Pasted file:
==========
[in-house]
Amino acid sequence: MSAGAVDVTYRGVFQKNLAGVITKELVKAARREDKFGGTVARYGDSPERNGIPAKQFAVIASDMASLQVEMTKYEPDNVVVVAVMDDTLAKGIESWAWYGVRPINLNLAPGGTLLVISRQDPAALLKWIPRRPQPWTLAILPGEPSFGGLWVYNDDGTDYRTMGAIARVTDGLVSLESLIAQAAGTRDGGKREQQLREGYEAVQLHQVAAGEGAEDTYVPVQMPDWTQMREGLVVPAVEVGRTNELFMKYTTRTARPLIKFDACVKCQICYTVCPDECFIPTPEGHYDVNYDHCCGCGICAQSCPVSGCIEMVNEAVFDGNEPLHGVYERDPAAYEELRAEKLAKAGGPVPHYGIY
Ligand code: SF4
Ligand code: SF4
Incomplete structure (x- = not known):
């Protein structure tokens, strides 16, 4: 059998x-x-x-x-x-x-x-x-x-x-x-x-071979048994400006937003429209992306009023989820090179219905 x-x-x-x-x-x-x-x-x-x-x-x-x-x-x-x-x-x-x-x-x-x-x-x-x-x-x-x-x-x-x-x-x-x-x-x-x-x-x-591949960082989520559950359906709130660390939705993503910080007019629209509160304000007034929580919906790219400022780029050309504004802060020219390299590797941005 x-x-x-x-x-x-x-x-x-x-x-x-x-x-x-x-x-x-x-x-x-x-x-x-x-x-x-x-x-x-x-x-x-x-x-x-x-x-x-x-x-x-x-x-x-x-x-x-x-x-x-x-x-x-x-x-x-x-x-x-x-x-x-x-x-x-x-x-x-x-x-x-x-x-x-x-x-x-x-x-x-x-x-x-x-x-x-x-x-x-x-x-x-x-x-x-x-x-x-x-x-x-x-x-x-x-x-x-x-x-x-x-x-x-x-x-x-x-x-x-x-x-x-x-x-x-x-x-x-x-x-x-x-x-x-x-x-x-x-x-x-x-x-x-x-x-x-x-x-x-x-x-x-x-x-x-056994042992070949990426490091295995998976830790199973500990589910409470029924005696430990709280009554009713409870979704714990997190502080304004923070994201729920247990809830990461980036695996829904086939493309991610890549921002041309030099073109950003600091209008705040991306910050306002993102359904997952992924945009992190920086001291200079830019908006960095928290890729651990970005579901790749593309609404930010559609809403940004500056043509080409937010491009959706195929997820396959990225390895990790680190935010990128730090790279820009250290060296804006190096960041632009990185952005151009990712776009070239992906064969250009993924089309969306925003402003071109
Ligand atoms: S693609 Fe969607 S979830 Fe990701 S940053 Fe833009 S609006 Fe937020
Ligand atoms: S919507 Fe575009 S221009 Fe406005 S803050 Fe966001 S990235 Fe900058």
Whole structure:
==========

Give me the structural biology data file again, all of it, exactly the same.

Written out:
[in-house]
Amino acid sequence: MSAGAVDVTYRGVFQKNLAGVITKELVKAARREDKFGGTVARYGDSPERNGIPAKQFAVIASDMASLQVEMTKYEPDNVVVVAVMDDTLAKGIESWAWYGVRPINLNLAPGGTLLVISRQDPAALLKWIPRRPQPWTLAILPGEPSFGGLWVYNDDGTDYRTMGAIARVTDGLVSLESLIAQAAGTRDGGKREQQLREGYEAVQLHQVAAGEGAEDTYVPVQMPDWTQMREGLVVPAVEVGRTNELFMKYTTRTARPLIKFDACVKCQICYTVCPDECFIPTPEGHYDVNYDHCCGCGICAQSCPVSGCIEMVNEAVFDGNEPLHGVYERDPAAYEELRAEKLAKAGGPVPHYGIY
Ligand code: SF4
Ligand code: SF4
Incomplete structure (x- = not known):
């Protein structure tokens, strides 16, 4: 059998x-x-x-x-x-x-x-x-x-x-x-x-071979048994400006937003429209992306009023989820090179219905 x-x-x-x-x-x-x-x-x-x-x-x-x-x-x-x-x-x-x-x-x-x-x-x-x-x-x-x-x-x-x-x-x-x-x-x-x-x-x-591949960082989520559950359906709130660390939705993503910080007019629209509160304000007034929580919906790219400022780029050309504004802060020219390299590797941005 x-x-x-x-x-x-x-x-x-x-x-x-x-x-x-x-x-x-x-x-x-x-x-x-x-x-x-x-x-x-x-x-x-x-x-x-x-x-x-x-x-x-x-x-x-x-x-x-x-x-x-x-x-x-x-x-x-x-x-x-x-x-x-x-x-x-x-x-x-x-x-x-x-x-x-x-x-x-x-x-x-x-x-x-x-x-x-x-x-x-x-x-x-x-x-x-x-x-x-x-x-x-x-x-x-x-x-x-x-x-x-x-x-x-x-x-x-x-x-x-x-x-x-x-x-x-x-x-x-x-x-x-x-x-x-x-x-x-x-x-x-x-x-x-x-x-x-x-x-x-x-x-x-x-x-x-056994042992070949990426490091295995998976830790199973500990589910409470029924005696430990709280009554009713409870979704714990997190502080304004923070994201729920247990809830990461980036695996829904086939493309991610890549921002041309030099073109950003600091209008705040991306910050306002993102359904997952992924945009992190920086001291200079830019908006960095928290890729651990970005579901790749593309609404930010559609809403940004500056043509080409937010491009959706195929997820396959990225390895990790680190935010990128730090790279820009250290060296804006190096960041632009990185952005151009990712776009070239992906064969250009993924089309969306925003402003071109
Ligand atoms: S693609 Fe969607 S979830 Fe990701 S940053 Fe833009 S609006 Fe937020
Ligand atoms: S919507 Fe575009 S221009 Fe406005 S803050 Fe966001 S990235 Fe900058």
Whole structure: